Here’s what you need to know about obtaining registered agent services for your LLC, C Corporation, or S Corporation.
What Is a Registered Agent?
One of the great things about registering your business is you don’t need to operate in the state where you originally filed to incorporate. Instead, you file as a “foreign” entity in each of the states where your company does business. This flexibility can be especially useful if you want to register one of the limited liability entities, such as a low-profit limited liability company (L3C), that doesn’t yet exist in every state.
While you’re not required to operate in the same state where you originally incorporated, you are required to maintain a physical presence in every state where your company operates. That’s where registered agents come in.
A registered agent, sometimes known as a resident agent or a statutory agent, is the address that your business uses to receive official mail, including legal or tax notifications. It must be a physical address; you cannot use a post office box.
While most jurisdictions don’t prohibit you from being your company’s own registered agent, there is a risk that no one will be available to receive a summons or certified mailing when it arrives. Registered agent services provide a physical address where mail can come during regular business hours. These services will forward your correspondence to a contact address you specify, and in some cases, they will help businesses remain current with their statutory requirements, such as the annual report forms your company needs to fill out each year to remain in good standing with the state.
Does My Business Require a Registered Agent?
The short answer: If you are a corporation or a limited liability company, yes, you do.
When you incorporate, you establish an entity – the business – that is legally separate from the individuals who operate it. This is what the term “limited liability” implies, a degree of separation “storefront” address. Having a registered agent not only ensures that your company will remain in good standing; it also provides the state government with the assurance that legal summons will be heeded in a timely manner.
If you fail to designate a registered agent, you put your business at risk on several levels.
You may fail to receive time-sensitive information.
If, for instance, someone files a lawsuit against your company, you could miss getting that information and be forced to pay a default judgment.
You could lose your good standing as a business.
Regardless of the state where you incorporate, and the type of business you register, there will be annual filing obligations. Keeping on top of these can be difficult, especially if you are not operating the business in the same state. When you task a registered agent service to handle these requirements, your business remains in good standing without significant effort on your part.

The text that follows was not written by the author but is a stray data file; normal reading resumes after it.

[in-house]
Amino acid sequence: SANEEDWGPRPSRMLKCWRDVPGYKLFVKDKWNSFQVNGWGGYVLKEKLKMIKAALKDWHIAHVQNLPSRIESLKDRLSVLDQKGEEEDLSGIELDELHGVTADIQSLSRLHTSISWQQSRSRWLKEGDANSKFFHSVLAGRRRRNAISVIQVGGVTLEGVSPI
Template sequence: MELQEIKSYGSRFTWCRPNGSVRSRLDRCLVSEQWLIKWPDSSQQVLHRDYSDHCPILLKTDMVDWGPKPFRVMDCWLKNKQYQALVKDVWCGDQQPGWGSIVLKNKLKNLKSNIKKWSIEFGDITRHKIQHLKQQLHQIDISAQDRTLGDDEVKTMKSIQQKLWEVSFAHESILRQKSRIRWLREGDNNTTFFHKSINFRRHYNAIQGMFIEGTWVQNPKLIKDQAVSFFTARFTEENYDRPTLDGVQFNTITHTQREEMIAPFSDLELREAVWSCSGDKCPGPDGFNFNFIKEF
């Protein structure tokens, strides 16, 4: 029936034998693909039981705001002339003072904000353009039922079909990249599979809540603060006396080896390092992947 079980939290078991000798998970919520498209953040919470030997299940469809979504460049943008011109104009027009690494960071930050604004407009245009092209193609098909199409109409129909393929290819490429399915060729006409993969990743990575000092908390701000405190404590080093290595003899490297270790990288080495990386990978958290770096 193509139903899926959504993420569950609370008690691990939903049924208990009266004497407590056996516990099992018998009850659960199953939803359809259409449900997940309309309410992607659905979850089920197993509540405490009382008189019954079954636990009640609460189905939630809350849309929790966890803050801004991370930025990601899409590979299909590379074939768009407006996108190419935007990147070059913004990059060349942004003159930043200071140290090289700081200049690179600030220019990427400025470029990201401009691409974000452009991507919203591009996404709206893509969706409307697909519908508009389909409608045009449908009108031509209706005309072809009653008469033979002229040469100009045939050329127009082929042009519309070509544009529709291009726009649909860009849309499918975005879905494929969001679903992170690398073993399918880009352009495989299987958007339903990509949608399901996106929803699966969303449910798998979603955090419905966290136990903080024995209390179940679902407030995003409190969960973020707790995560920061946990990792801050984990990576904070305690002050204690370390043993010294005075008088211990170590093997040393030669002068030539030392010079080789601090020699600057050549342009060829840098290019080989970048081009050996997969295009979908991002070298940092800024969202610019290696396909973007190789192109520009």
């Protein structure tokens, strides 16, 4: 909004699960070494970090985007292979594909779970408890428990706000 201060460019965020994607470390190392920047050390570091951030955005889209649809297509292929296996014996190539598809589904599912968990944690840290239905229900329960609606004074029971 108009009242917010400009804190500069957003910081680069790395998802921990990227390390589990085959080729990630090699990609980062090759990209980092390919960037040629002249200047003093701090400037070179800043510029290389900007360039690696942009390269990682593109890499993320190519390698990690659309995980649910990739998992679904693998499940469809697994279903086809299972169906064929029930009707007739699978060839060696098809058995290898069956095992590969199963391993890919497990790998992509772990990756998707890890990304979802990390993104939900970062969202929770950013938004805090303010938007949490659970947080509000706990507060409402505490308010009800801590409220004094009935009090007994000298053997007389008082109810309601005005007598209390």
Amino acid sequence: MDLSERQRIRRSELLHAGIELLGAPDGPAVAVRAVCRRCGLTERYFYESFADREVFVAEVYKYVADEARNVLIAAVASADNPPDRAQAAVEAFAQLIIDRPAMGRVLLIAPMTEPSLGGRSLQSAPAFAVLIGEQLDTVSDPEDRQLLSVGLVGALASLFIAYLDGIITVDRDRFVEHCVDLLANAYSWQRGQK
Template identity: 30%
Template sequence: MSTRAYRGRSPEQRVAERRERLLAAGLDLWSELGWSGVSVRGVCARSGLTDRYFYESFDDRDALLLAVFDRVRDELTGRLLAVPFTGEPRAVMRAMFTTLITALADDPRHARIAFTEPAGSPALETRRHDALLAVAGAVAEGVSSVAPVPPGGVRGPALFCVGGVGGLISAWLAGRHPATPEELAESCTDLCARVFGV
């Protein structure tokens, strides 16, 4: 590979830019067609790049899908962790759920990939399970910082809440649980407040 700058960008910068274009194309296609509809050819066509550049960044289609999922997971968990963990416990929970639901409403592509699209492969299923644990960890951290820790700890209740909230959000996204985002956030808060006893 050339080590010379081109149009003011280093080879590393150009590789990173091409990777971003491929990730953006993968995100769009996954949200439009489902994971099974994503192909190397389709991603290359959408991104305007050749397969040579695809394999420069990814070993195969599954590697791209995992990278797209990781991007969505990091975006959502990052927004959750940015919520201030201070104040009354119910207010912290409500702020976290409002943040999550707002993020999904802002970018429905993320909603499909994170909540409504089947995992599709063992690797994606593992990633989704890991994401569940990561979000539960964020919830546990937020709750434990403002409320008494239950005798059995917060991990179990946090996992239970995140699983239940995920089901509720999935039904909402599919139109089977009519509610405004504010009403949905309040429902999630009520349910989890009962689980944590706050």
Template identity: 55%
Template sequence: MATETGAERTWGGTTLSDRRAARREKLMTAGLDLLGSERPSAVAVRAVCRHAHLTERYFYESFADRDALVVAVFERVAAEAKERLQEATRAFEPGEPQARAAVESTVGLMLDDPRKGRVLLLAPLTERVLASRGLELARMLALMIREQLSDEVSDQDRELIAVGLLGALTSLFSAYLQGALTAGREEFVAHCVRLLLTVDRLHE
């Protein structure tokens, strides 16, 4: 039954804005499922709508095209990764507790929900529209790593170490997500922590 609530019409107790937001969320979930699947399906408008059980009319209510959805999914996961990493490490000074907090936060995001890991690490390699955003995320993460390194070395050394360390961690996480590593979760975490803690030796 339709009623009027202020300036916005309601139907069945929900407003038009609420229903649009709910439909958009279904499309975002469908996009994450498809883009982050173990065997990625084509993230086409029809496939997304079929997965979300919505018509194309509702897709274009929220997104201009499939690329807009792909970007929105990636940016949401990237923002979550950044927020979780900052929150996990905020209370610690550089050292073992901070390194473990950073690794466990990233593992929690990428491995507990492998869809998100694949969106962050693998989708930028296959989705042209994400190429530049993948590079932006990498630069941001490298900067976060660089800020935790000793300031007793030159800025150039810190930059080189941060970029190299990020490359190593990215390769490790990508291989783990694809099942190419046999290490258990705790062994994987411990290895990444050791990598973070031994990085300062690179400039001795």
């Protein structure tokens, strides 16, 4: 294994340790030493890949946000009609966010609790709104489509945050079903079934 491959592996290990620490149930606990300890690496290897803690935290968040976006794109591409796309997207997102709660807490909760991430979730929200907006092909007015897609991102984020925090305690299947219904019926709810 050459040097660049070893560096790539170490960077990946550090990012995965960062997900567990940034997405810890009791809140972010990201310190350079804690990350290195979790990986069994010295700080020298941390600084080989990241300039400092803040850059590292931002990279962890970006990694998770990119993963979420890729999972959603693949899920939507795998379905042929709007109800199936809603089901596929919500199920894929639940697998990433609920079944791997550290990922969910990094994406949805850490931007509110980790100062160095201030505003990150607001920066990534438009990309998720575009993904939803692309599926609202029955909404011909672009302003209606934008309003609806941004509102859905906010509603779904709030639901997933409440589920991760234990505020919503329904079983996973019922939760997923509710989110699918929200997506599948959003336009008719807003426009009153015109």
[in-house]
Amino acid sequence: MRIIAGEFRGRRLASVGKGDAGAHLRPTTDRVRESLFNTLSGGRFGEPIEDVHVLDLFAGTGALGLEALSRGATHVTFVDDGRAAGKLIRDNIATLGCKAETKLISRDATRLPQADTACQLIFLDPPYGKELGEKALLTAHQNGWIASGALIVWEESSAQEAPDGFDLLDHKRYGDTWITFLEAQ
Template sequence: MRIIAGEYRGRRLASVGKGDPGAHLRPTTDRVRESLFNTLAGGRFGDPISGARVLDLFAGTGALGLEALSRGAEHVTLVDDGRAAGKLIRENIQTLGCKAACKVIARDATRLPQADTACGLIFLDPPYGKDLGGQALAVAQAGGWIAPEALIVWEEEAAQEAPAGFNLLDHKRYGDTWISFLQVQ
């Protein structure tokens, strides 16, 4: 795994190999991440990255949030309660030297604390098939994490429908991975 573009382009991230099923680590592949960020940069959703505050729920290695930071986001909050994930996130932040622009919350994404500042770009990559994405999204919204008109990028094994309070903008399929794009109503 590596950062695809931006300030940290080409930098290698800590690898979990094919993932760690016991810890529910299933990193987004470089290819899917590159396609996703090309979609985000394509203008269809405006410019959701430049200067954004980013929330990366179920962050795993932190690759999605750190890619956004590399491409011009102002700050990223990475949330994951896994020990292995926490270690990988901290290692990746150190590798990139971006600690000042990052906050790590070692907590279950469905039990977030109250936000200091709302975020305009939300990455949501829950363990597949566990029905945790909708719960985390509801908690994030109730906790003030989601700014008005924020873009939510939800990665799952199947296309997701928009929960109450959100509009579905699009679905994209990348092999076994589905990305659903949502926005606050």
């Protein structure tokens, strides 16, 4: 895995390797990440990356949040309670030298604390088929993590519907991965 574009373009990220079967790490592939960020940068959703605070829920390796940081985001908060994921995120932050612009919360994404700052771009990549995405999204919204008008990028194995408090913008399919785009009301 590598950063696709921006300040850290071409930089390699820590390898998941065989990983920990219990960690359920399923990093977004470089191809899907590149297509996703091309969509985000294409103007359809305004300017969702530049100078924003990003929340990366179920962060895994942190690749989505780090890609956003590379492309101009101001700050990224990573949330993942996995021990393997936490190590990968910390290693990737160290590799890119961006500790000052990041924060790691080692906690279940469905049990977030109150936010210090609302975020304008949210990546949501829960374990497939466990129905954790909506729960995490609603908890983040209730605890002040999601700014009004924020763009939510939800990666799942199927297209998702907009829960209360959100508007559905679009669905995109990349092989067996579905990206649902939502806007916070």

You may face fines and penalties for non-compliance.
You could even lose the business entity itself.
Again, the registered agent is akin to your company’s storefront. That designated address is proof that your company exists. If you miss statutory deadlines, the state could dissolve the company because it no longer has proof of its existence. With the dissolution of the company, the limited liability protection also disappears.
Who Is Able to Offer Registered Agent Services?
Each state jurisdiction has a slightly different requirement for who can act as your company’s registered agent. Generally speaking, the registered agent must be a resident of the state where your company does business, or if not an entity – another company – is legally allowed to serve as a registered agent in your state, they must have a business office in the state where your company does business.
When you consider hiring a registered agent, you want to make sure that this person or entity will be present during regular business hours. The same holds true if you decide to act as your company’s own registered agent. There is not much sense in designating a registered agent who fails to be present at the physical location when a summons arrives.
Once you incorporate, the company itself cannot serve as your registered agent – even in states that allow a third-party entity to serve this function.
How Do I Designate My Company’s Registered Agent?
When you file articles of organization (for an LLC), or a certificate of incorporation (for an S or C corp), you designate the registered agent in the establishing documents.
If, for some reason, the registered agent cannot sign this document, some states require you to use a separate “Registered Agent Acceptance” form. The registered agent must sign documents indicating that they accept this responsibility.
It’s possible to change the registered agent at any point. You may also need to add another registered agent if you expand your company into additional states.
To change registered agents, companies need, at a minimum, to obtain a form from their secretary of state’s office. In some instances, they will be required to amend their company’s original articles of incorporation to include the new agent’s address and signature.